The FTSE 100 has seen £36bn wiped off the value of its constituent companies in a single session as the global market sell-off showed little sign of abating.
London’s leading share index closed 138.8 points, or 1.94%, lower at 7006.9 on Thursday – the biggest fall in percentage terms since June.
The FTSE briefly dipped below the 7,000-mark for the first time since April during a choppy session in the wake of a Wall Street slump on Wednesday and steep declines in Asian markets overnight.
Shares in New York were volatile again on Thursday – briefly looking to stage a recovery from the previous brutal session at one stage before later veering back into the red.
The Dow Jones Industrial Average had seen its worst session for eight months on Wednesday as it fell by 3%, with the S&P slipping by 3% too.
Both extended their losses during the latest session, each down by as much as 1%.
Stock markets in Germany and France also saw further declines.
The FTSE’s latest fall added to its decline in the previous session means it has lost more than 3%, or £60bn, over two days. It has lost nearly 7% since the middle of last week.
Donald Trump has reacted to the Wall Street carnage by accusing the US Federal Reserve – led by his personal pick for the job, Jerome Powell – of being “crazy” for announcing a series of interest rate hikes this year.
That prompted International Monetary Fund chief Christine Lagarde to come to Mr Powell’s defence, saying that hiking rates was “clearly a necessary development for those economies that are showing much improved growth, inflation that is picking up… unemployment that is extremely low”.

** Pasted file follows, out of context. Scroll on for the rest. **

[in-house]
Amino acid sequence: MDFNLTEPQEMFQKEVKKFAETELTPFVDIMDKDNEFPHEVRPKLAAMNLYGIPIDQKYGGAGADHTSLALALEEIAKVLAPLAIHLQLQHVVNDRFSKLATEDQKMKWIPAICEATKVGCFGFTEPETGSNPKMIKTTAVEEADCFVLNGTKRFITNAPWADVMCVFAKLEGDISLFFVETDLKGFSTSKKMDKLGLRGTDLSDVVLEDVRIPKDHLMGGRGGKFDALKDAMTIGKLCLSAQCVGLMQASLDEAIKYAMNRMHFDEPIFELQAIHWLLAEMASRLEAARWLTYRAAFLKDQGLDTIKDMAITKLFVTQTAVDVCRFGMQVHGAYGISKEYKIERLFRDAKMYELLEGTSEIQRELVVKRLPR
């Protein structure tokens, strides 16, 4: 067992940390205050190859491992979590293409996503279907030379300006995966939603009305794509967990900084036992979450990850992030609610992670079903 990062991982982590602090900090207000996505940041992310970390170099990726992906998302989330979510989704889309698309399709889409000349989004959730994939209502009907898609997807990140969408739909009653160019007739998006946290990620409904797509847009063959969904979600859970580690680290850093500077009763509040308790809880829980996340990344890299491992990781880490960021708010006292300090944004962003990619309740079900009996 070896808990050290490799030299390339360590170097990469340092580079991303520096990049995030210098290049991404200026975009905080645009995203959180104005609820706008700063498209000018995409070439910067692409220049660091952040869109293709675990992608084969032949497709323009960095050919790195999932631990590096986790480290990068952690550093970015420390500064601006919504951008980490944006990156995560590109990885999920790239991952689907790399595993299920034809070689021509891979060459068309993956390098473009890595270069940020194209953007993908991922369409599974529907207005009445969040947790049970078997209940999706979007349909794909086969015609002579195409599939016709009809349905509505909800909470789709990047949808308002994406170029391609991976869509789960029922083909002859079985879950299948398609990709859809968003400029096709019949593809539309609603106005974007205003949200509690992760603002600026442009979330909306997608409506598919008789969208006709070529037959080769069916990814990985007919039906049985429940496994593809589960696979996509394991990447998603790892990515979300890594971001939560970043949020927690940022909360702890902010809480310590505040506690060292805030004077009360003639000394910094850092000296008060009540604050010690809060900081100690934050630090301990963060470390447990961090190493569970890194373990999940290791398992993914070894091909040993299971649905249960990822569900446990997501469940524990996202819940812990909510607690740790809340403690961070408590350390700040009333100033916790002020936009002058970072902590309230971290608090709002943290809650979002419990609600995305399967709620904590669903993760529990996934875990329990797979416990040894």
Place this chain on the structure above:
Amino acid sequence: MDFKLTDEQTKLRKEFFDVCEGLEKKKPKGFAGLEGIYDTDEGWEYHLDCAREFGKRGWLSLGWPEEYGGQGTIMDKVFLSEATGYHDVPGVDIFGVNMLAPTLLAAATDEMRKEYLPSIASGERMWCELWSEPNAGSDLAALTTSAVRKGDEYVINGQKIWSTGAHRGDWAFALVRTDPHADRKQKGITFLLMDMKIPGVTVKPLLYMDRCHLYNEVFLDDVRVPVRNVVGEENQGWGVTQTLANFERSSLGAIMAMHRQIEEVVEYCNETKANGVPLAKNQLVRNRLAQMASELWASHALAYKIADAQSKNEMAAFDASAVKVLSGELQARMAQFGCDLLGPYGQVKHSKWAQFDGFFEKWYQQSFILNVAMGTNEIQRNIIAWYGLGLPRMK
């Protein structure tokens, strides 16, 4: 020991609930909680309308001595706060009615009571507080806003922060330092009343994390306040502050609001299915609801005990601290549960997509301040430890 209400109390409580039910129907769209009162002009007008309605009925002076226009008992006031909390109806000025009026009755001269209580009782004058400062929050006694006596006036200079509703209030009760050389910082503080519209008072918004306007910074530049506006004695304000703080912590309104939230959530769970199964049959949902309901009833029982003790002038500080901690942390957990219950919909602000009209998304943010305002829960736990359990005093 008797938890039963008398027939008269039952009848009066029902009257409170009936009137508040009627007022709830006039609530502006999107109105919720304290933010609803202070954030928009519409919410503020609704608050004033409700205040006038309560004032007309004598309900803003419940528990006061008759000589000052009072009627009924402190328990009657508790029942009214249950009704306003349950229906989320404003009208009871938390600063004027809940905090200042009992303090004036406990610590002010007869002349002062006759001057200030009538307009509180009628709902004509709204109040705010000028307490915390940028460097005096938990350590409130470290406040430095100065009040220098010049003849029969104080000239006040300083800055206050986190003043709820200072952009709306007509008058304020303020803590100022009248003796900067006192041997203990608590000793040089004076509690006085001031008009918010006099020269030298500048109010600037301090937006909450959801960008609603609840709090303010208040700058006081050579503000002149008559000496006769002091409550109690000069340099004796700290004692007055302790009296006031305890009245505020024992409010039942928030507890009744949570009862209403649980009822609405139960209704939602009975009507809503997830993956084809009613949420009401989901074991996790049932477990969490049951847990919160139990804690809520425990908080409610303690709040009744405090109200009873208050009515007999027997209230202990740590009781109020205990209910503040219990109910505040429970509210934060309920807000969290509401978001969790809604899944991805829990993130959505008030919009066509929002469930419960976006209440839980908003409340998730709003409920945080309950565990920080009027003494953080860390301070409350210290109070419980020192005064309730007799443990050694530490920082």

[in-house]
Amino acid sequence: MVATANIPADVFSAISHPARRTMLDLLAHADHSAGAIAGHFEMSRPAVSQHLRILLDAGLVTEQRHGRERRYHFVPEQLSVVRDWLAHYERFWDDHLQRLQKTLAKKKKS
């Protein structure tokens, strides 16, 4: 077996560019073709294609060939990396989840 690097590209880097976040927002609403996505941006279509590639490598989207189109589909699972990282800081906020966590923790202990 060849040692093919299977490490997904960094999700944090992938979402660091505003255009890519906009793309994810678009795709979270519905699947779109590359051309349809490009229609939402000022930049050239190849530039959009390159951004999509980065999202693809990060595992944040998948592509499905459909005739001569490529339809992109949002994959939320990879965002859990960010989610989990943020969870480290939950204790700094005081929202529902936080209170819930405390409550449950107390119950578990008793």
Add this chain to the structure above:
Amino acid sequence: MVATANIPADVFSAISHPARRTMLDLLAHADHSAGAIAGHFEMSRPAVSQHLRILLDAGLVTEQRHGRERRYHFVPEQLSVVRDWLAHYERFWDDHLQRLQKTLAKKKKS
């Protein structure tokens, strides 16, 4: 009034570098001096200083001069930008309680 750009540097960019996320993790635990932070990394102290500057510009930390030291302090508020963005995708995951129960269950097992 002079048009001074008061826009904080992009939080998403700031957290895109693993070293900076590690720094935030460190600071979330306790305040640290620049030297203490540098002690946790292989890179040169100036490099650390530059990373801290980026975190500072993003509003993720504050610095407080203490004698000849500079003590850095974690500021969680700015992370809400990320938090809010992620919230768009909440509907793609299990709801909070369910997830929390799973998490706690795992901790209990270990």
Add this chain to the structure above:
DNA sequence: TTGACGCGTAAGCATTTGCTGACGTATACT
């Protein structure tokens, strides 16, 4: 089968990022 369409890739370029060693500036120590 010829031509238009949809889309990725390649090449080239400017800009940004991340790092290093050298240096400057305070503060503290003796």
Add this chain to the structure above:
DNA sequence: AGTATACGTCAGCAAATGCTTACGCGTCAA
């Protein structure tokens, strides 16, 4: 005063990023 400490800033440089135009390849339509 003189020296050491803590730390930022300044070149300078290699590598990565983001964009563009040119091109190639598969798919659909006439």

Analysts pointed to a cocktail of worries for stock market investors that have been building in recent weeks.
Chief among them is the rising path of US interest rates, which it is feared could put the brakes on the world’s biggest economy by adding to borrowing costs for consumers and businesses.
Adding to the anxiety is the uncertainty caused by Mr Trump’s trade war with China as well as the sharp upturn in yields on bonds – parcels of US government debt – which is diverting some investor attention from stocks.
Wall Street’s downturn also comes off the back of recent all-time highs for the New York market.
Jasper Lawler, head of research at London Capital Group, offered this explanation: “The bloodbath for global equities comes as investors adjust to a world of higher US interest rates and US treasury yields.
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“As concerns increase over higher interest rates dampening growth, investors are evolving their trading strategies accordingly.”